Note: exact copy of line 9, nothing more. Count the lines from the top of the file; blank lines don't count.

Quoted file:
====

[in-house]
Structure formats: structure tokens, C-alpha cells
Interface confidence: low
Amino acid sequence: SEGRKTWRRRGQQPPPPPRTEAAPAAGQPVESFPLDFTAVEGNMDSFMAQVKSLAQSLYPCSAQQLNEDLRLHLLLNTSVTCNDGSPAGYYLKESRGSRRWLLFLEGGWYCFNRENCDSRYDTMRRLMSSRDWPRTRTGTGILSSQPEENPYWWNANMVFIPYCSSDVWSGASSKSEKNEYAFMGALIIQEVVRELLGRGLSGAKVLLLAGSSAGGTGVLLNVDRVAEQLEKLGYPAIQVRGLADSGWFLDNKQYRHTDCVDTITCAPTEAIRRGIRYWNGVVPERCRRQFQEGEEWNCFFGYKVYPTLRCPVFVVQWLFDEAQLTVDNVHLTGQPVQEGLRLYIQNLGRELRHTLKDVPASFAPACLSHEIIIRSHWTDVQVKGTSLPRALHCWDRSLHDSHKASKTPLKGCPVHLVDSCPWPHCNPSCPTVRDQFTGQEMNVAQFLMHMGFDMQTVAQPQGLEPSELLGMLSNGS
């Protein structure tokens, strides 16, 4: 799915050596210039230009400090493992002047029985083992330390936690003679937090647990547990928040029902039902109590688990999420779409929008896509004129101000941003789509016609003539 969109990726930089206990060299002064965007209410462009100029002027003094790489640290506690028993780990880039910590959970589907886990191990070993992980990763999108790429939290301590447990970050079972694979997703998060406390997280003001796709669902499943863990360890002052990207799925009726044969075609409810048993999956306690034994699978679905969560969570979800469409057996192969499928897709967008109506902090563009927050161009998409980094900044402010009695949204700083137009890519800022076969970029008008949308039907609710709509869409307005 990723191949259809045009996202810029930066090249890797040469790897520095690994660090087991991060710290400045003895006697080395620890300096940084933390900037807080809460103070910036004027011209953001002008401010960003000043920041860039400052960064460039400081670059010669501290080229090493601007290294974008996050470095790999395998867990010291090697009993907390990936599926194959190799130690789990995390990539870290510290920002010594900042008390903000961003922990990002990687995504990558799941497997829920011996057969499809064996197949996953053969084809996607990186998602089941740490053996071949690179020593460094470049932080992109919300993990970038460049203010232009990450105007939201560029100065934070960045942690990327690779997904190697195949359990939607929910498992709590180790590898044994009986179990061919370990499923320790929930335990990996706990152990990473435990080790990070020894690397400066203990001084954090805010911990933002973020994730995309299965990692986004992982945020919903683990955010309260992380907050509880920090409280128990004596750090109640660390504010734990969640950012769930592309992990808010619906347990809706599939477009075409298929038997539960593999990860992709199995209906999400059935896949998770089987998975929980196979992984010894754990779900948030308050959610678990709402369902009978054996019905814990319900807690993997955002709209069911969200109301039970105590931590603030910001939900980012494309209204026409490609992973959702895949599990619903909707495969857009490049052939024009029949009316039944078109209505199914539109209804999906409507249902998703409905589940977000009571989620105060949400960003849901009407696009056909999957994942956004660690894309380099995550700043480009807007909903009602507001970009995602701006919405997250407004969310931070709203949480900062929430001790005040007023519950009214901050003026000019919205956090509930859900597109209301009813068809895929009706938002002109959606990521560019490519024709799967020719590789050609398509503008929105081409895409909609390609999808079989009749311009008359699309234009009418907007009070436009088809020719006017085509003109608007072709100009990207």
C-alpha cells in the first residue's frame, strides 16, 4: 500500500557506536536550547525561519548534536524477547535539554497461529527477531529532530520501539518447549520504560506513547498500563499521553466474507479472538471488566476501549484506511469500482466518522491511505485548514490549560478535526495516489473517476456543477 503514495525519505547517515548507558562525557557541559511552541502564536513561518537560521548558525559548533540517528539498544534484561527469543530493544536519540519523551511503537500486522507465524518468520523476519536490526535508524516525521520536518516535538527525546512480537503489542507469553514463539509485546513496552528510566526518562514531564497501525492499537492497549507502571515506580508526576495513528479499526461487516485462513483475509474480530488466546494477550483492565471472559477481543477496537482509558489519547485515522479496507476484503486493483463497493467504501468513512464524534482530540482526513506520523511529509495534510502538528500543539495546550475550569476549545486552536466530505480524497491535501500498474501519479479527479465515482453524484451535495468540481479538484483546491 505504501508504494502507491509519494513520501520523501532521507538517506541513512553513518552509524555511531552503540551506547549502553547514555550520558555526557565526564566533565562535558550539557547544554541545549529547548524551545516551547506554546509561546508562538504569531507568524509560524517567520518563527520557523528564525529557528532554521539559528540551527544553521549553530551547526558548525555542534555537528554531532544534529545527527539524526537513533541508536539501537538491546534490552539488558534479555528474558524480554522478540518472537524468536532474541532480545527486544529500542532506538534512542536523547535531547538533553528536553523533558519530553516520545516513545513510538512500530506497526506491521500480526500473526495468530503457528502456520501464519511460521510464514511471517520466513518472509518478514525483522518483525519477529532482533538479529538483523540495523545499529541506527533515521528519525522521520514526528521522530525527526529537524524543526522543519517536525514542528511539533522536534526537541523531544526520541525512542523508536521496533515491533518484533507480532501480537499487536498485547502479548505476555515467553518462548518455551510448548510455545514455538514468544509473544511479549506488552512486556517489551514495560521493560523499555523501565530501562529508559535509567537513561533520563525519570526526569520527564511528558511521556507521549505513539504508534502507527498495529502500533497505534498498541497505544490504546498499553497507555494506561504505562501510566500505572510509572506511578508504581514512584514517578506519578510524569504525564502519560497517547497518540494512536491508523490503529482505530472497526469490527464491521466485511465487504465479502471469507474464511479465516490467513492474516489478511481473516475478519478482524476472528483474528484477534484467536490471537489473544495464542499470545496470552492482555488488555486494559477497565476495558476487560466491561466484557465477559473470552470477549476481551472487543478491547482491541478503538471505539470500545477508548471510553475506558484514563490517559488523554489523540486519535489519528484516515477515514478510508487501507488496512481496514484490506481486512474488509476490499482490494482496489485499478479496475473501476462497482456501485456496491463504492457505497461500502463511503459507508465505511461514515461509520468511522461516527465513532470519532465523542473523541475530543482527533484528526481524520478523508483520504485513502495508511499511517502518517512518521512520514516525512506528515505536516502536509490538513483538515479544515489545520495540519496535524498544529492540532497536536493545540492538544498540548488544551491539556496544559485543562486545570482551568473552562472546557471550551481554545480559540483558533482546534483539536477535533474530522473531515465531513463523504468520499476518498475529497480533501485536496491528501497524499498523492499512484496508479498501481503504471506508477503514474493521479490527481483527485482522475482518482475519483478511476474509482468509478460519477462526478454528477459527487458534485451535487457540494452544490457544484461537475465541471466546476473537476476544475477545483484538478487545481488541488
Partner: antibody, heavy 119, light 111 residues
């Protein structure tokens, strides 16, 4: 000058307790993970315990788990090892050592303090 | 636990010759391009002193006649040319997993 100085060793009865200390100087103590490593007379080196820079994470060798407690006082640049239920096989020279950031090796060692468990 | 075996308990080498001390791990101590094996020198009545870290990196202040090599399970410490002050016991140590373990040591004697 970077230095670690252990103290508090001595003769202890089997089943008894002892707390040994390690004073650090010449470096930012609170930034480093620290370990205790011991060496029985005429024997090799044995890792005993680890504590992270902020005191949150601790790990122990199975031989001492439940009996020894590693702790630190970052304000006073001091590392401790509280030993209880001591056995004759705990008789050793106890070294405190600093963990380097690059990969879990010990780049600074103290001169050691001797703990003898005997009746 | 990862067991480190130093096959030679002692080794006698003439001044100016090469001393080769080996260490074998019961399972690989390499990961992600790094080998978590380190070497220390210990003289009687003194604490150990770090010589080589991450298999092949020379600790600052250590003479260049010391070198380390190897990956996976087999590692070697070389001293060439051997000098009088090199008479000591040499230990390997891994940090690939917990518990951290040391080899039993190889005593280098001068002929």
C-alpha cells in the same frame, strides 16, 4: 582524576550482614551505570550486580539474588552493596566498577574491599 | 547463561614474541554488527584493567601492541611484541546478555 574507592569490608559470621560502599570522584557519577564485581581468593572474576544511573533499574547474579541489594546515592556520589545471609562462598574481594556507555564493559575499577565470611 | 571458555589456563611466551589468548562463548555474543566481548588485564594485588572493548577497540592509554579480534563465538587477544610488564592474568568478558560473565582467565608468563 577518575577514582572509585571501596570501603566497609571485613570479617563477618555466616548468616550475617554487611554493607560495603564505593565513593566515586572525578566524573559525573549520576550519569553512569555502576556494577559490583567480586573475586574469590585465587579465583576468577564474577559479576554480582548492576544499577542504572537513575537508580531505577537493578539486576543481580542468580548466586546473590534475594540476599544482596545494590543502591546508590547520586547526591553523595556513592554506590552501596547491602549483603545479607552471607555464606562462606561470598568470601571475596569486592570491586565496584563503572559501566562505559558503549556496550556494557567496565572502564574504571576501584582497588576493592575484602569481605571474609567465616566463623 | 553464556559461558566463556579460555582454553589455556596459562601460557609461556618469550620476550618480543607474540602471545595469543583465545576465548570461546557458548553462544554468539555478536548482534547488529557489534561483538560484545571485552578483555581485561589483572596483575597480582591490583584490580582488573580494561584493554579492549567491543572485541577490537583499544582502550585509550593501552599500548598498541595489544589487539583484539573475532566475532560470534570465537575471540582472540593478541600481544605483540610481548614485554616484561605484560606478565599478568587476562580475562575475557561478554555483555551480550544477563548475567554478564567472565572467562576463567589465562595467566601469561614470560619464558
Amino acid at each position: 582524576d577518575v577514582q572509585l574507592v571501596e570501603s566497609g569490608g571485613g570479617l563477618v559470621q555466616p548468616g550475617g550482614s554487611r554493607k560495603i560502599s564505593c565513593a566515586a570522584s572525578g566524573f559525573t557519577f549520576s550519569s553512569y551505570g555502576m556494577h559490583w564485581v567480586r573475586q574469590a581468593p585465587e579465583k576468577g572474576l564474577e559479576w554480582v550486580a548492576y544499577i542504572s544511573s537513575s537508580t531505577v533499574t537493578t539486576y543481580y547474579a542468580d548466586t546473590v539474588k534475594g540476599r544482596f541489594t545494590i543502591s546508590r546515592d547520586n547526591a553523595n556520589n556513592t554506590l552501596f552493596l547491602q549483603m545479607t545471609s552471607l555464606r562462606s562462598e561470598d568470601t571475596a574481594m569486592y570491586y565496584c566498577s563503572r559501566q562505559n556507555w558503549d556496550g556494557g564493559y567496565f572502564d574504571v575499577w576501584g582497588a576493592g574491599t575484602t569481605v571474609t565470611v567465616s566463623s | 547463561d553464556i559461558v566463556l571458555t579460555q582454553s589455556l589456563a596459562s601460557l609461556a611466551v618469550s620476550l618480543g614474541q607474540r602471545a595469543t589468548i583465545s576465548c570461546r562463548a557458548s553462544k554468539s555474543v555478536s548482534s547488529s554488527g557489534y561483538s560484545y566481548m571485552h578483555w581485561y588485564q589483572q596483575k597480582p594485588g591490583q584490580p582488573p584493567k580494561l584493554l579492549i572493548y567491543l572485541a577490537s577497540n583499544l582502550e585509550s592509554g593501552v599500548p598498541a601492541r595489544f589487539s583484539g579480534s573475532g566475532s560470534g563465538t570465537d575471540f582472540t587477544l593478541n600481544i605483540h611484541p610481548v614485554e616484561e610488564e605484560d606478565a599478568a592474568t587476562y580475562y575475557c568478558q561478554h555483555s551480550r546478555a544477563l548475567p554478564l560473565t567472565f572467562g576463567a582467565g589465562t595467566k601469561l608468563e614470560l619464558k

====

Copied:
C-alpha cells in the same frame, strides 16, 4: 582524576550482614551505570550486580539474588552493596566498577574491599 | 547463561614474541554488527584493567601492541611484541546478555 574507592569490608559470621560502599570522584557519577564485581581468593572474576544511573533499574547474579541489594546515592556520589545471609562462598574481594556507555564493559575499577565470611 | 571458555589456563611466551589468548562463548555474543566481548588485564594485588572493548577497540592509554579480534563465538587477544610488564592474568568478558560473565582467565608468563 577518575577514582572509585571501596570501603566497609571485613570479617563477618555466616548468616550475617554487611554493607560495603564505593565513593566515586572525578566524573559525573549520576550519569553512569555502576556494577559490583567480586573475586574469590585465587579465583576468577564474577559479576554480582548492576544499577542504572537513575537508580531505577537493578539486576543481580542468580548466586546473590534475594540476599544482596545494590543502591546508590547520586547526591553523595556513592554506590552501596547491602549483603545479607552471607555464606562462606561470598568470601571475596569486592570491586565496584563503572559501566562505559558503549556496550556494557567496565572502564574504571576501584582497588576493592575484602569481605571474609567465616566463623 | 553464556559461558566463556579460555582454553589455556596459562601460557609461556618469550620476550618480543607474540602471545595469543583465545576465548570461546557458548553462544554468539555478536548482534547488529557489534561483538560484545571485552578483555581485561589483572596483575597480582591490583584490580582488573580494561584493554579492549567491543572485541577490537583499544582502550585509550593501552599500548598498541595489544589487539583484539573475532566475532560470534570465537575471540582472540593478541600481544605483540610481548614485554616484561605484560606478565599478568587476562580475562575475557561478554555483555551480550544477563548475567554478564567472565572467562576463567589465562595467566601469561614470560619464558